Norbert Prangenberg, who died in 2012 at the age of 63, trained in metalworking, and in his 20s worked for a silversmith and then a glass designer. But when it came to making art, he was largely self-taught, as demonstrated by this winsome group of small, disheveled ceramic sculptures that he made the year he died of liver cancer. Nearly two dozen examples form the first New York show of his sculpture since 1986.
At first sight, these small, ebullient tabletop works convey a wildness typical of kindergartners. Realism is not exactly a goal. Undisguised coils abound, and rough, explosive surface incidents are frequent. Abstraction is a prevailing effect, although the pieces are almost always titled “Kopf” (“Head”) or “Landschaft” (“Landscape”), which encourages you to view them as representational, even when the resemblance turns toward ruined sites and partly destroyed buildings.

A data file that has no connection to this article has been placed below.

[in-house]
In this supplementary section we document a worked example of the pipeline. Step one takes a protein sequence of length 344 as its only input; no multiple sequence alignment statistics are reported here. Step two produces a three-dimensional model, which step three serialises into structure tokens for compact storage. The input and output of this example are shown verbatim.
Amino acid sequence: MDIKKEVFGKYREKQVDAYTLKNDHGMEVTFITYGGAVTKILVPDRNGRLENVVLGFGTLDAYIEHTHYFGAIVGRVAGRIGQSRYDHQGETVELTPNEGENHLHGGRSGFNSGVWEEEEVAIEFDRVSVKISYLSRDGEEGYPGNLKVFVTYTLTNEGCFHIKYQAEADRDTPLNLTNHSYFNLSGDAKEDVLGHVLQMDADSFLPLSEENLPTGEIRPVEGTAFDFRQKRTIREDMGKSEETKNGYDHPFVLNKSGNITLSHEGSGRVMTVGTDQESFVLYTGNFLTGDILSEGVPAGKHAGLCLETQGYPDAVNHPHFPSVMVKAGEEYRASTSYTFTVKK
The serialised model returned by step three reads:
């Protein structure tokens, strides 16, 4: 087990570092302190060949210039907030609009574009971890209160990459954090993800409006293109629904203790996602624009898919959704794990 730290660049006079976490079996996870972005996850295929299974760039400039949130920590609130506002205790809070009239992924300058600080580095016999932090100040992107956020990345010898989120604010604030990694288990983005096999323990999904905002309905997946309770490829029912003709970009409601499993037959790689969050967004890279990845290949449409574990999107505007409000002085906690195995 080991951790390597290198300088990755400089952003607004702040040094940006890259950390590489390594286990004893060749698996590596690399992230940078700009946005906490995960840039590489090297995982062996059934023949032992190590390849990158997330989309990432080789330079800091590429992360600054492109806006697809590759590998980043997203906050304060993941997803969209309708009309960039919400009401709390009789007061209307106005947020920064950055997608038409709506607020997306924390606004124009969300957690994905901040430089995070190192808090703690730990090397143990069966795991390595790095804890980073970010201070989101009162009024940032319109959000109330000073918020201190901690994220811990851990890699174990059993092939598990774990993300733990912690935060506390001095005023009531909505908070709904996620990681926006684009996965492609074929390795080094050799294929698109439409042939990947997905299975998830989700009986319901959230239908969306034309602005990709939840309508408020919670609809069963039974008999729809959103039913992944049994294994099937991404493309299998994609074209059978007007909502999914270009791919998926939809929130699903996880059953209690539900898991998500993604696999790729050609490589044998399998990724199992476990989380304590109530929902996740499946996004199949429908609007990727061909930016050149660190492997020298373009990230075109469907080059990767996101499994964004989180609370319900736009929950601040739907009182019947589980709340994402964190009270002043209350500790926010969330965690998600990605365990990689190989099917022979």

Glaze is applied sparingly, contrasting pointedly with expanses of matte stoneware in terra-cotta red or porcelain white. The rich colors and careful patterns of glaze suggest a different level of attention and underscore architectural references, evoking tiled or painted walls or hanging fabrics that have survived the general destruction. When such areas appear on one side of a head, they can imply interior thought or fantasy. On a relatively smooth, Brancusi-like head titled “Afrika,” they also underscore Modernism's debt to non-Western cultures. In another piece, two blue-glazed tufts resemble curtains blowing out of a pair of windows, until you read the work's title, “Kopf mit Tränen.” This translates as “Head With Tears,” making explicit what is implied by the general energy of these pieces: an artist working furiously against time.
- Roberta Smith